Rana Kapoor
Rana Kapoor
(PTI Photo/Mitesh Bhuvad)

Mumbai: Seeking further custody of Yes Bank founder and former CEO Rana Kapoor in a money laundering case involving the scam-hit Dewan Housing Finance Corporation Limited (DHFL), the Enforcement Directorate (ED) told a court that loans worth more than Rs 30,000 crore were given by Yes Bank to several companies during Kapoor’s tenure and that of these Rs 20,000 crore have turned into bad loans.

In its remand application, the agency told the special Prevention of Money Laundering Act (PMLA) court that the sanctions granted for these loans had to be investigated from the point of view of “irregularity, diversion or quid pro quo,” and “if in the guise of these loans monies have been siphoned off and laundered”.

Referring to the Rs 3,700 crore investment by Yes Bank in debentures of DHFL, allegedly in return for Rs 600 crore kickback received by Kapoor through his family firm, the ED told the special court, “It is apprehended that Rana Kapoor similarly misused his official position in several other transactions and obtained illegal kickbacks either directly or indirectly through entities controlled by him or his group companies.”

Appearing for the agency, Special Public Prosecutor Sunil Gonsalves told the court that 78 firms are owned by Kapoor’s family, and that the ED needed to investigate where the remaining Rs 10,000 crore had gone.

In his defence, Kapoor, through his advocate Sathish Maneshinde, argued that when he left Yes Bank, its market capital was Rs 93,000 crore, and that he was not responsible if the market capital has come down to Rs 5,000 crore under the bank’s new management.

“When I left, the NPA was less than one per cent. I cannot be held responsible if the present management is unable to perform,” he said.

“I am being made a scapegoat in the case. The ED was under pressure to find a scapegoat,” he argued, adding that a raid was conducted on his residence in the Iqbal Mirchi money laundering case to which he is not connected in any way.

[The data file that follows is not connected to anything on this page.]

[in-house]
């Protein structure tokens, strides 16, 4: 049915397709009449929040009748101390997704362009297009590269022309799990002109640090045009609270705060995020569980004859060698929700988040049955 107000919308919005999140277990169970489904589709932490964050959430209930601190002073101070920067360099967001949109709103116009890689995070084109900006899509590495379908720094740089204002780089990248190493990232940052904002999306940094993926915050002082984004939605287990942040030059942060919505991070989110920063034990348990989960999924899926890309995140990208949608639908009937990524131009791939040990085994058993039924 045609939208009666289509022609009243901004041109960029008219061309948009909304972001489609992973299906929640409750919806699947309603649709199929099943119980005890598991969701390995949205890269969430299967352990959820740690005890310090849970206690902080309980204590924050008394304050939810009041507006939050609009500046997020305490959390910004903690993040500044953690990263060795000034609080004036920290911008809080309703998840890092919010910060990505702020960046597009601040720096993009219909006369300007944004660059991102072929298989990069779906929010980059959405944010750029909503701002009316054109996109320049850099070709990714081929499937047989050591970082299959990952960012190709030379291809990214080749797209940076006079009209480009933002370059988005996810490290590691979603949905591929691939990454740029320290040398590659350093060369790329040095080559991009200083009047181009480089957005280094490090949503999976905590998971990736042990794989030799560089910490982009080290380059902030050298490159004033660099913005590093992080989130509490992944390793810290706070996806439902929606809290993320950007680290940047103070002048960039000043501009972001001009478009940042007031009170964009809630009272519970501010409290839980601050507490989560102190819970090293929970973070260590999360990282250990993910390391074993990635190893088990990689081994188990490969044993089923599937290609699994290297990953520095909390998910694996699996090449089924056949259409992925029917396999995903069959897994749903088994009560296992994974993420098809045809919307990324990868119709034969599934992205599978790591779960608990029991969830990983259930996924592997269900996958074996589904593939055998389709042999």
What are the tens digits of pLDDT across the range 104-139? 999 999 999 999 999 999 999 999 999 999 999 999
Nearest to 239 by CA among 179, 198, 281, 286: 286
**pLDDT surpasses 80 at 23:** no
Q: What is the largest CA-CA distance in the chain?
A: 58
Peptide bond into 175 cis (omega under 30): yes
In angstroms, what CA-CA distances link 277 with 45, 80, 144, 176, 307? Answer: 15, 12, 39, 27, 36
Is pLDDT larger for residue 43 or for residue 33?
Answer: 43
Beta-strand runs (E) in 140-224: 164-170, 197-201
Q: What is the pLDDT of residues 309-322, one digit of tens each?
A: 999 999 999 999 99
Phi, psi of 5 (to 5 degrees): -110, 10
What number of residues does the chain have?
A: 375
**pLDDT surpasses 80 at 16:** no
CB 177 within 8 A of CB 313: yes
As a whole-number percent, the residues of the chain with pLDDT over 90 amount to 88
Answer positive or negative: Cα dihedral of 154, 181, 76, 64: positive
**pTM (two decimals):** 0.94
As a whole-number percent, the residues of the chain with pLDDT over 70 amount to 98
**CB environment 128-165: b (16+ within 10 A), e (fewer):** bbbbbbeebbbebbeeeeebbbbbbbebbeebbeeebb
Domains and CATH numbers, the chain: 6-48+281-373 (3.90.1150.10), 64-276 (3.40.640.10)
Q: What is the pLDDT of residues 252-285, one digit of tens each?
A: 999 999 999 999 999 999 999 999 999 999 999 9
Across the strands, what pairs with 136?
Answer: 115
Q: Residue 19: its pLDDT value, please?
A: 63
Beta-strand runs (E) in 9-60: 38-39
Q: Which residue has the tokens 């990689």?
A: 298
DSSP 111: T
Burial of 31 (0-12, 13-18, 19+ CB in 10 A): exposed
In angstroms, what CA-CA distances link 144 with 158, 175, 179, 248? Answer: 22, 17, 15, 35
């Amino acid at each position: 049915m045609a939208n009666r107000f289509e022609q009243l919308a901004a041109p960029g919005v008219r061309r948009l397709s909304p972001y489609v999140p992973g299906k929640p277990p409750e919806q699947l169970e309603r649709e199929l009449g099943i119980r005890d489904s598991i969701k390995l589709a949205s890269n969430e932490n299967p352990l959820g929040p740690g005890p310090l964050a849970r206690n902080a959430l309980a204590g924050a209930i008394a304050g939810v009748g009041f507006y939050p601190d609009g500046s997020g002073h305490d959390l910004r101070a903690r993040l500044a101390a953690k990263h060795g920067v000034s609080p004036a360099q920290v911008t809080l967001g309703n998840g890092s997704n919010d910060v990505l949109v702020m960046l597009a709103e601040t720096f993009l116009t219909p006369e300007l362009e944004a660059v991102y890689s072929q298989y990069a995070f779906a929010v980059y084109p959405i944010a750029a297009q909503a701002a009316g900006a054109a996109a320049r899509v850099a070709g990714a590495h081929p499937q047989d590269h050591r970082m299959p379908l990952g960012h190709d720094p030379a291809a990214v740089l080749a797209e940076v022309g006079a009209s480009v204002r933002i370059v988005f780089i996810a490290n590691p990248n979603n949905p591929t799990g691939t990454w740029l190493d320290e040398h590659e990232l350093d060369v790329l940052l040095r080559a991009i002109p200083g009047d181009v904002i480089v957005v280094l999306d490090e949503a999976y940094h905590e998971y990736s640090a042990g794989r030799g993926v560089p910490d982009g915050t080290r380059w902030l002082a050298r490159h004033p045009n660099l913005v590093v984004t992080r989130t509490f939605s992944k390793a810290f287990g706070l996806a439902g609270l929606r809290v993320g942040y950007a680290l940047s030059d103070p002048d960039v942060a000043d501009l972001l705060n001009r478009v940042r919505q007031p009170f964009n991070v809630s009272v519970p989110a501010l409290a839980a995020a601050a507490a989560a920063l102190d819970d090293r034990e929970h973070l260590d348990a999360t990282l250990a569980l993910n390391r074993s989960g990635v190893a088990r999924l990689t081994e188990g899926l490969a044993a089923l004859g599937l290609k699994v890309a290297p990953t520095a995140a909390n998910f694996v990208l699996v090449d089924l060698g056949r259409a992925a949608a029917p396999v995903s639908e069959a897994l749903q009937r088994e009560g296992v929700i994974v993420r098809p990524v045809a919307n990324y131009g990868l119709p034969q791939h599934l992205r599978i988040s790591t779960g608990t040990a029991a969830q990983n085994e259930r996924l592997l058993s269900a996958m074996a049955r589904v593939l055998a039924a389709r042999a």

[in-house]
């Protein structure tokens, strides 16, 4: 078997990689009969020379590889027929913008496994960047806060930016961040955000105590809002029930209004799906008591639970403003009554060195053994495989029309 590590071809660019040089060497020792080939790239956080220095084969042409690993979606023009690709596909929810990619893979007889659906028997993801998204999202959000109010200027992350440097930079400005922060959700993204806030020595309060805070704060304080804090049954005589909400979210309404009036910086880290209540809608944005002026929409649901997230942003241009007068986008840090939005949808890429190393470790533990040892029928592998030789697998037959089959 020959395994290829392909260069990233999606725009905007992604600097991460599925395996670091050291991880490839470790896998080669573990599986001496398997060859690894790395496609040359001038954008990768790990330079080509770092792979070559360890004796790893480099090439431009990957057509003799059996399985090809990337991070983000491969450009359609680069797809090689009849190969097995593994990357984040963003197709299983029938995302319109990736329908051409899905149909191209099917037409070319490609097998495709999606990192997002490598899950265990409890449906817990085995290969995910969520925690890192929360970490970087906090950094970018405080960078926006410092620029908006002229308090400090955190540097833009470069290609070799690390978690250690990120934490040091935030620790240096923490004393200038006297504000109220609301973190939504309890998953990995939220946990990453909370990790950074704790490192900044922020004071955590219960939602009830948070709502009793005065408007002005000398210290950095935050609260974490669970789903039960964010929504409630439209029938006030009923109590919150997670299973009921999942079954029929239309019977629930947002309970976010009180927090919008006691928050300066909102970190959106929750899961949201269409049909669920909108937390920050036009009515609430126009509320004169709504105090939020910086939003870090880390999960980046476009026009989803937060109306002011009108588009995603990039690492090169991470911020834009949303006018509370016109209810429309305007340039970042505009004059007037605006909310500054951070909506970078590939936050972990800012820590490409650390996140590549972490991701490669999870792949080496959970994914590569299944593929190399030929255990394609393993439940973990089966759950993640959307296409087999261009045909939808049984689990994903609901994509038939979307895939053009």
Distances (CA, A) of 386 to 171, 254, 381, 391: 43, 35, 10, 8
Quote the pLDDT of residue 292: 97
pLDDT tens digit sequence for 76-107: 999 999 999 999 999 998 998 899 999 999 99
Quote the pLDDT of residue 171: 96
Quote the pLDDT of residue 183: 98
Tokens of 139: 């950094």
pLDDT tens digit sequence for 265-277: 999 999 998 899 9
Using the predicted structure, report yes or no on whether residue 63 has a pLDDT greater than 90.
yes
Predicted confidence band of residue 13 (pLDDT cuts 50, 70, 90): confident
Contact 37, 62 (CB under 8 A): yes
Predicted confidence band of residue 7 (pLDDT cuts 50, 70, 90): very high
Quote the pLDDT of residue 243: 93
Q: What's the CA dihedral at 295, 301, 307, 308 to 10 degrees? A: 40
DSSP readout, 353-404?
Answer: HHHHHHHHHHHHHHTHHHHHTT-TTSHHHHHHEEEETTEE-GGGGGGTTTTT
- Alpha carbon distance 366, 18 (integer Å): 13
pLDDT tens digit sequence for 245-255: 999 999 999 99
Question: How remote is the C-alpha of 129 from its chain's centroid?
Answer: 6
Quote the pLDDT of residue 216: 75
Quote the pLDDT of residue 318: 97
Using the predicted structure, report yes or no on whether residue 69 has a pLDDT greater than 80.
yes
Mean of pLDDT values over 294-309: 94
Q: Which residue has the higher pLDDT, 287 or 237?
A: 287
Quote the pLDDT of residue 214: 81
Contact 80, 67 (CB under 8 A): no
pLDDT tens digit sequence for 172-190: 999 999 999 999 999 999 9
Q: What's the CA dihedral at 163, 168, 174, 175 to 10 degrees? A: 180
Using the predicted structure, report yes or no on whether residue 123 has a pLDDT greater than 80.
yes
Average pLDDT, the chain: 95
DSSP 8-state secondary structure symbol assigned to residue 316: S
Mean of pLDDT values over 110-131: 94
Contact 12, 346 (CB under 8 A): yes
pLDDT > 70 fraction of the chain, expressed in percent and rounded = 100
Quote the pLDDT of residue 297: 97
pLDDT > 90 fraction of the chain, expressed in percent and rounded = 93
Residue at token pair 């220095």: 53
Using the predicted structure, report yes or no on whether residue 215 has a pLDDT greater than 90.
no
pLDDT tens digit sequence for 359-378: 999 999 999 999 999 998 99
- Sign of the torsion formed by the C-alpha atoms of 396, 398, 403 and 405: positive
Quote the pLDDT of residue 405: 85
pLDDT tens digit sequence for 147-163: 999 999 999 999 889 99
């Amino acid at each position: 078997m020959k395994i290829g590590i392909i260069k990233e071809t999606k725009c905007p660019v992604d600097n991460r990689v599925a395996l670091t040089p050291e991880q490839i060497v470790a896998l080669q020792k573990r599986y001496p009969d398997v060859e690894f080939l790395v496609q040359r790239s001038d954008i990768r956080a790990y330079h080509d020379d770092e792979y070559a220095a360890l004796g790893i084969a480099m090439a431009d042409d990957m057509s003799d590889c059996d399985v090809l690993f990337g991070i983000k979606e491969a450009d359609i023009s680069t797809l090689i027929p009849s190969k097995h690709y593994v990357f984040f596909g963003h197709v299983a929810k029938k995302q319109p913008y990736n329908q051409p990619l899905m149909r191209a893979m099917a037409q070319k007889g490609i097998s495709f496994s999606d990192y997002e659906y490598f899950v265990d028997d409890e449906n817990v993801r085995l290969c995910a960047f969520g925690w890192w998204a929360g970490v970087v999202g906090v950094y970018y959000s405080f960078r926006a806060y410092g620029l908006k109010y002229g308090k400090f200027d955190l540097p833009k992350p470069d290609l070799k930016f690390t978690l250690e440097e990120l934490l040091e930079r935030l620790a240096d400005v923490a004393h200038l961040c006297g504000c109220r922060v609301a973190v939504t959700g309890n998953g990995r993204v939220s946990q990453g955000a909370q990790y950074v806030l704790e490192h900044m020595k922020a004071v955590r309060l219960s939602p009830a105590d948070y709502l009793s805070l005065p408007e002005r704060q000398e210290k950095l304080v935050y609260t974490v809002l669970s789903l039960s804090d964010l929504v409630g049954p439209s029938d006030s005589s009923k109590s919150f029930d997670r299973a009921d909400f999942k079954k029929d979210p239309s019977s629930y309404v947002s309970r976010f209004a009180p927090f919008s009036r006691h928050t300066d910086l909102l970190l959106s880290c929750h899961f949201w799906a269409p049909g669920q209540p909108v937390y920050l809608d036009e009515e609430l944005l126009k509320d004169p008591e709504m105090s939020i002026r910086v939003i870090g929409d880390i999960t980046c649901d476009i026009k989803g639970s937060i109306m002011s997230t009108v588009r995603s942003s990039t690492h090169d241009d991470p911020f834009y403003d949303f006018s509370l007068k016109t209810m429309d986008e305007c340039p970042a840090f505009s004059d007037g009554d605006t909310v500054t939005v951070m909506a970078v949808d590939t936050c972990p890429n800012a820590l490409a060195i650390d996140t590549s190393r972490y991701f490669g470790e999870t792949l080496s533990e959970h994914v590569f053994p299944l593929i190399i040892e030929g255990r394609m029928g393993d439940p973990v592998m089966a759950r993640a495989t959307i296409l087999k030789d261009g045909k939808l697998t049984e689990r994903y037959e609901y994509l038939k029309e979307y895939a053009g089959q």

The agency has claimed that during investigation in the Iqbal Mirchi case involving DHFL, when it raided the residence of Kapoor, they stumbled upon the present case.

Maneshinde told court that loans were sanctioned by DHFL to Kapoor’s family companies much prior to Yes Bank’s investment in DHFL’s debentures.

He said that two loans sanctioned in 2017 and 2018 have been repaid, while a May 2018 loan of Rs 600 crore (alleged to be the bribe) is yet to be settled.

“My daughters have paid Rs 113 crore interest on the loan (of Rs 600 crore). No bribe taker will take cheque. No fool will return the amount. It was a pure banking transaction,” he said.

He denied that the value of the securities given for the loans were inflated as claimed by the agency, and said that one of his daughter’s net worth is Rs 5,000 crore.

Referring to his daughters, he said that they can repay loans as they do not have any other liabilities and that till date they have not defaulted on a single instalment.

On Enforcement Department’s references to Kapoor and his family’s properties, Maneshinde argued that these were purchased at auctions and not underhand.

“I have been awarded almost every year. I have been Chairman of ASSOCHAM (Associated Chambers of Commerce of India) and received international and national awards. It is not because of me that the bank has gone down. Till I left, there was not a single allegation against me,” he told court.

Special judge under PMLA Prashant P Rajvaidya extended Kapoor’s custody with the agency by five days till March 16.

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